Friday, June 3, 2011

ReTHINK : Food for thought, The Honda Story

In 1938, while he was still in school, Mr. Honda took everything he owned and invested it in a
little workshop where he began to develop his concept of a piston ring. He wanted to sell his work to
Toyota Corporation, so he labored day and night, up to his elbows in grease, sleeping in the machine shop, always believing he could produce the result. He even pawned his wife's jewelry to stay in business. But when he finally completed the piston rings and presented them to Toyota, he was told they didn't meet Toyota's standards. He was sent back to school for two years, where he heard the derisive laughter of his instructors and fellow students as they talked about how absurd his designs were. But rather than focusing on the pain of the experience, he decided to continue to focus on his goal. Finally, after two more years, Toyota gave Mr. Honda the contract he'd dreamed of. His passion and belief paid off because he had known what he wanted, taken action, noticed what was working, and kept changing his approach until he got what he wanted. Then a new problem arose.

The Japanese government was gearing up for war, and they refused to give him the concrete
that was necessary to build his factory. Did he quit there? No. Did he focus on how unfair this was? Did
it mean to him that his dream had died? Absolutely not. Again, he decided to utilize the experience,
and developed another strategy. He and his team invented a process for creating their own concrete
and then built their factory. During the war, it was bombed twice, destroying major portions of the
manufacturing facility. Honda's response? He immediately rallied his team, and they picked up the
extra gasoline cans that the U.S. fighters had discarded. He called them "gifts from President Truman"
because they provided him with the raw materials he needed for his manufacturing process—materials
that were unavailable at the time in Japan. Finally, after surviving all of this, an earthquake leveled his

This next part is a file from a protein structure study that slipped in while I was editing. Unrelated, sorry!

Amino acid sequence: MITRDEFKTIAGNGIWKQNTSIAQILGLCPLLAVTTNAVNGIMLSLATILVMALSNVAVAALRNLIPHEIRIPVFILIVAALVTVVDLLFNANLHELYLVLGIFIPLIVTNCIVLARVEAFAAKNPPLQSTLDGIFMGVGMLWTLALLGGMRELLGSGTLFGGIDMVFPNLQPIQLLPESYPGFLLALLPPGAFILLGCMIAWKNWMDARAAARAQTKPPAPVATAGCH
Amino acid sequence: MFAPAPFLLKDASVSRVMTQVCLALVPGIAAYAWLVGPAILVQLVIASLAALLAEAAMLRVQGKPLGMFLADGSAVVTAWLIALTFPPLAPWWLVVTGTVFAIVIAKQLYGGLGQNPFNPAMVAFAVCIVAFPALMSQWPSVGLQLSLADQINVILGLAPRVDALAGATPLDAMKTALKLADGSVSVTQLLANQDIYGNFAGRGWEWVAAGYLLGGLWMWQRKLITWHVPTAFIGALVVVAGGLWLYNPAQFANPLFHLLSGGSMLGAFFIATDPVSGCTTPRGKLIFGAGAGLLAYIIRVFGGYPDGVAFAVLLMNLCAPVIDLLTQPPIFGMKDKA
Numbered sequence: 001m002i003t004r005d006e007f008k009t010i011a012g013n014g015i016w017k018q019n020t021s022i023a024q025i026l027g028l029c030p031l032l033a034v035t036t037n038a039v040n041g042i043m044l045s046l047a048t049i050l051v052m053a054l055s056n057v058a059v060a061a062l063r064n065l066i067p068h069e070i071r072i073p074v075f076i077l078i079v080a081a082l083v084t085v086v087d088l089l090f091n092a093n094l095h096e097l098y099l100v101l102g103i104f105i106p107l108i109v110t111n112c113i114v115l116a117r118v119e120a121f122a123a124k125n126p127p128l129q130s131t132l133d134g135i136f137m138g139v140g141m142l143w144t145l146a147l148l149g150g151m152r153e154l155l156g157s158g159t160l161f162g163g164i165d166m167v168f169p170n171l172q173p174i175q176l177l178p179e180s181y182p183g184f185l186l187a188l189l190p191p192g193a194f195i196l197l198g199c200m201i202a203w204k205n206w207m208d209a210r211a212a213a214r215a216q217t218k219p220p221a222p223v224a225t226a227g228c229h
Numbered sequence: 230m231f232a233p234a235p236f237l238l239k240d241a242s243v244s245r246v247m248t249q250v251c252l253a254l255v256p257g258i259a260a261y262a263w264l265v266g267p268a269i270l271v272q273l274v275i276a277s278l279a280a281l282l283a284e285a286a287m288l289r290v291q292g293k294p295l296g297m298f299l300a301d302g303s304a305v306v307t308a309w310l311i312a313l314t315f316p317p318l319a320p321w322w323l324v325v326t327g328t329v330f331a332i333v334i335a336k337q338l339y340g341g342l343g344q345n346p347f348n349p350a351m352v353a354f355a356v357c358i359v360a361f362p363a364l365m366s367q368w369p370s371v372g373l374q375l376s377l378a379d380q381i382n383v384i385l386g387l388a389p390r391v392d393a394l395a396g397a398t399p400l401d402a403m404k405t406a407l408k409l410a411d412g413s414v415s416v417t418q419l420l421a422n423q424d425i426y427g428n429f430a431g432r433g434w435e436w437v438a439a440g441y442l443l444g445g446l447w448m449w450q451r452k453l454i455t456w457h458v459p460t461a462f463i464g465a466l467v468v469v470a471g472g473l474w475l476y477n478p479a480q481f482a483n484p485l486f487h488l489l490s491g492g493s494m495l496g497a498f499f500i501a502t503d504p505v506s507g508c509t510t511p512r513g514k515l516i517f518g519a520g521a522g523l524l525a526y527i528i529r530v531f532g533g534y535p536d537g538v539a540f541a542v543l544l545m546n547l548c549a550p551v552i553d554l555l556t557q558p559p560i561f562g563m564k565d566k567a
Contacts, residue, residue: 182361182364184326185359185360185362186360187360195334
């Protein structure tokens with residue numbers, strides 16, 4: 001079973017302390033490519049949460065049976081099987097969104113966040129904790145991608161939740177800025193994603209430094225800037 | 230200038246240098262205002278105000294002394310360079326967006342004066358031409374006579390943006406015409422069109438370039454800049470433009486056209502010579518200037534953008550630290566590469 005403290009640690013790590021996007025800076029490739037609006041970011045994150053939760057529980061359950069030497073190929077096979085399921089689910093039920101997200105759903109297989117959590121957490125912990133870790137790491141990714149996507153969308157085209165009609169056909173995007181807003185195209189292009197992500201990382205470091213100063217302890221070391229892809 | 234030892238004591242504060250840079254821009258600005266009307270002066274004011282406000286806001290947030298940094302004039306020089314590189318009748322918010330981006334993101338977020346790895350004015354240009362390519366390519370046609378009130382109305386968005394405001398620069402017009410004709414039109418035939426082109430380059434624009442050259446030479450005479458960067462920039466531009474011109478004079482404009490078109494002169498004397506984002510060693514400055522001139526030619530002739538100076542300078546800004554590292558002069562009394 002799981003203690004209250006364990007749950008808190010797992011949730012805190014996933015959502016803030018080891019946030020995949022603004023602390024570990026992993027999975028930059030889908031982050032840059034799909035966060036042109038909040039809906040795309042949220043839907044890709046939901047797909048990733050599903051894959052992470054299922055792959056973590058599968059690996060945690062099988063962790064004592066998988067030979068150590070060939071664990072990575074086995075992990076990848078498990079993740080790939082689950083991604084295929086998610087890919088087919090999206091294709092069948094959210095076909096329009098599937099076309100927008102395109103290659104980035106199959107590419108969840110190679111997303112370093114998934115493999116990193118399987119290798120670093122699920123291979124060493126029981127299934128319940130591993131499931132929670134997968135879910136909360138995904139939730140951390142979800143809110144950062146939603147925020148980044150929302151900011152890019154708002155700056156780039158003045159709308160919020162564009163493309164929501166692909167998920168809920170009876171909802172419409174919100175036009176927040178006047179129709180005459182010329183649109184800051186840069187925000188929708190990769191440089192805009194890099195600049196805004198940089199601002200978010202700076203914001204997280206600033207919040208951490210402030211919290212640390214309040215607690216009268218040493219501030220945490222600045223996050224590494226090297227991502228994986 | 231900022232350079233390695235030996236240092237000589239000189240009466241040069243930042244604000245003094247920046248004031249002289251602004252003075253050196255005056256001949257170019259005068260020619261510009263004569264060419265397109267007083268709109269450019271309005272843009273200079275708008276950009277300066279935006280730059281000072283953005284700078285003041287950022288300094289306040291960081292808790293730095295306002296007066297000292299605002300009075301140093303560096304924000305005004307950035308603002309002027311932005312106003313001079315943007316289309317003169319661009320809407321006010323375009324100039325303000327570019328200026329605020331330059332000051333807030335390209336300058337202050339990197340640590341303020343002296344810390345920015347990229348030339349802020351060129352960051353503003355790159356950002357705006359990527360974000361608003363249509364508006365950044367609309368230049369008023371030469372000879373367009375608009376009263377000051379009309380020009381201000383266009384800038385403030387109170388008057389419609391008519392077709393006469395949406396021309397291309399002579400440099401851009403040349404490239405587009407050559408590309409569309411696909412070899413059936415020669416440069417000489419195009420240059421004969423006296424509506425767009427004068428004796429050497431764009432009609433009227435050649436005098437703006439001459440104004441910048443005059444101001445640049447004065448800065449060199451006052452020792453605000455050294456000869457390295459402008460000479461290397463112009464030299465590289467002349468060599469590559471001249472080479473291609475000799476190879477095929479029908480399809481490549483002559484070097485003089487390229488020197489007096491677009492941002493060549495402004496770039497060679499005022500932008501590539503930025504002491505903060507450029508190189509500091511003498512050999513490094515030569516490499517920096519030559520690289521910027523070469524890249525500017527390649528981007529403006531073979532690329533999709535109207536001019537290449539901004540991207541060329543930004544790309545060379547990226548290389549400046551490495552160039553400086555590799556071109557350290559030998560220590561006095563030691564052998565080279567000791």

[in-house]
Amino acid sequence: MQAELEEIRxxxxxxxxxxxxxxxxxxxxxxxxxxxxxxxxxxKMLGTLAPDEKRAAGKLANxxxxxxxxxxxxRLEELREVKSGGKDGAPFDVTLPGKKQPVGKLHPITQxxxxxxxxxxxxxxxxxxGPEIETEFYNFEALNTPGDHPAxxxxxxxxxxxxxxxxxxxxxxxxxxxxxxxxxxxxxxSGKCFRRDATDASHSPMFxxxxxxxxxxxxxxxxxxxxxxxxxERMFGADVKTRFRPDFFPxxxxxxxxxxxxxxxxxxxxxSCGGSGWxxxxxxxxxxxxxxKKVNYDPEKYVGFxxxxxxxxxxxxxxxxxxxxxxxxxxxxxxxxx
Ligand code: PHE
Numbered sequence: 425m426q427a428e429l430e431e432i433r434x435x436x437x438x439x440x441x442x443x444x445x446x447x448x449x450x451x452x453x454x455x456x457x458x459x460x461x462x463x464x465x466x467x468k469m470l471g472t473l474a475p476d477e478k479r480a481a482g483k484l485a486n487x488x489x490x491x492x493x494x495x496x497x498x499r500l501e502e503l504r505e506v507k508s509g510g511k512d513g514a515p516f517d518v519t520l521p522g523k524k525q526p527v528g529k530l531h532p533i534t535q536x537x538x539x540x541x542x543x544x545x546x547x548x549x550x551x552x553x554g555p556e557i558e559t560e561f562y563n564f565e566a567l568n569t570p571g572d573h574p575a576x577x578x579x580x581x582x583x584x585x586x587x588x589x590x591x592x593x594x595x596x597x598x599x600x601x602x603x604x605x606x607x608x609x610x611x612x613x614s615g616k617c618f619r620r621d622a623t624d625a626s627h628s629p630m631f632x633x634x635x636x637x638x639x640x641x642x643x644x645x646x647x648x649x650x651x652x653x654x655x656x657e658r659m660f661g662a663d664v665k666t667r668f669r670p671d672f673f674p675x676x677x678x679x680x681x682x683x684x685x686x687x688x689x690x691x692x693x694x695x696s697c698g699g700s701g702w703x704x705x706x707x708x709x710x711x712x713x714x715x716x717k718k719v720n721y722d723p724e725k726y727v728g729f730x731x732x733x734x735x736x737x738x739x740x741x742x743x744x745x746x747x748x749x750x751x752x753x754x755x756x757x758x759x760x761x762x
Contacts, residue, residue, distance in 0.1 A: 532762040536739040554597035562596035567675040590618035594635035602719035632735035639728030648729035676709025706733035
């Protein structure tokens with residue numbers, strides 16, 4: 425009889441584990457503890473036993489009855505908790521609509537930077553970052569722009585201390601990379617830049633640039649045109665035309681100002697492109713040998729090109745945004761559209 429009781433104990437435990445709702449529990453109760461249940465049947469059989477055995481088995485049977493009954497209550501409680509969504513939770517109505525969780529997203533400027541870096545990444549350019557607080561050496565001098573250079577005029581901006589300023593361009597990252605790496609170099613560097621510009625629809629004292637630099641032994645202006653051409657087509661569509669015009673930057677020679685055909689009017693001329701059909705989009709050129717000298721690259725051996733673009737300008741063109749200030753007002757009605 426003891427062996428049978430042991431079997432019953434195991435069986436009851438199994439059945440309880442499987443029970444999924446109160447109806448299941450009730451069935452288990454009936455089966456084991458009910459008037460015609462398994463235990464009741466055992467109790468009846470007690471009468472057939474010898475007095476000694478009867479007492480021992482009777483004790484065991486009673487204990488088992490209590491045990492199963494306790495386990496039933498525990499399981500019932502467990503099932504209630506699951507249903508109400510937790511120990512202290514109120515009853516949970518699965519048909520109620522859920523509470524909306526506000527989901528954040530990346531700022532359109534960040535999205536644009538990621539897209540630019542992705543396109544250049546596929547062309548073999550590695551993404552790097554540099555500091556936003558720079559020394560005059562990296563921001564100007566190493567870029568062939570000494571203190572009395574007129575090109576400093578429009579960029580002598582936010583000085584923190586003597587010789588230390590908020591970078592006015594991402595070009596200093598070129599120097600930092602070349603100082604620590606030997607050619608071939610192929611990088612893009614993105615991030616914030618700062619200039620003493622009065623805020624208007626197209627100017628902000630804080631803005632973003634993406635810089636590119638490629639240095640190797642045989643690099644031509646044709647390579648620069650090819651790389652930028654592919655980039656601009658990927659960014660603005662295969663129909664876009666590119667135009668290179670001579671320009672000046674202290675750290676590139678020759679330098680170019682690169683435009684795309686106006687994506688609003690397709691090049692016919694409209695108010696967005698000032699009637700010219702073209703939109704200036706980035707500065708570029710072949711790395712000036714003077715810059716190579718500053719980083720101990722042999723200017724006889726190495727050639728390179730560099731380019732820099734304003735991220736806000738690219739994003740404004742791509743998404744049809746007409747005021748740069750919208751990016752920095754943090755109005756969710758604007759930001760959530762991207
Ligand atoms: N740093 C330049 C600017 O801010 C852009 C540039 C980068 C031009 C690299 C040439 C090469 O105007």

factory. Honda decided to sell his piston operation to Toyota.

Here is a man who clearly made strong decisions to succeed. He had a passion for and belief in
what he was doing. He had a great strategy. He took massive action. He kept changing his approach,
but still he'd not produced the results that he was committed to. Yet he decided to persevere.
After the war, a tremendous gasoline shortage hit Japan, and Mr. Honda couldn't even drive his
car to get food for his family. Finally, in desperation, he attached a small motor to his bicycle. The next
thing he knew, his neighbors were asking if he could make one of his "motorized bikes" for them. One
after another, they jumped on the bandwagon until he ran out of motors. He decided to build a plant
that would manufacture motors for his new invention, but unfortunately he didn't have the capital.

As before, he made the decision to find a way no matter what! His solution was to appeal to the
18,000 bicycle shop owners in Japan by writing them each a personal letter. He told them how they
could play a role in revitalizing Japan through the mobility that his invention could provide, and
convinced 5,000 of them to advance the capital he needed. Still, his motorbike sold to only the most
hard-core bicycle fans because it was too big and bulky. So he made one final adjustment, and created
a much lighter, scaled-down version of his motorbike. He christened it "The Super Cub," and it became
an "overnight" success, earning him the Emperor's award. Later, he began to export his motorbikes to
the baby boomers of Europe and the United States, following up in the seventies with the cars that
have become so popular.

Today, the Honda Corporation employs over 100,000 people in both the United States and Japan
and is considered one of the biggest car-making empires in Japan, outselling all but Toyota in the
United States. It succeeds because one man understood the power of a truly committed decision that
is acted upon, no matter what the conditions, on a continuous basis.

Honda certainly knew that sometimes when you make a decision and take action, in the short term it
may look like it's not working.
challenges that we have in our personal lives—like indulging constantly in overeating, drinking, or
smoking, to feeling overwhelmed and giving up on our dreams—come from a short-term focus.

Success and failure are not overnight experiences. It's all the small decisions along the way that cause
people to fail. It's failure to follow up. It's failure to take action. It's failure to persist. It's failure to
manage our mental and emotional states. It's failure to control what we focus on. Conversely, success
is the result of making small decisions: deciding to hold yourself to a higher standard, deciding to
contribute, deciding to feed your mind rather than allowing the environment to control you—these
small decisions create the life experience we call success.
In order to succeed, you must have a long-term focus. Most of the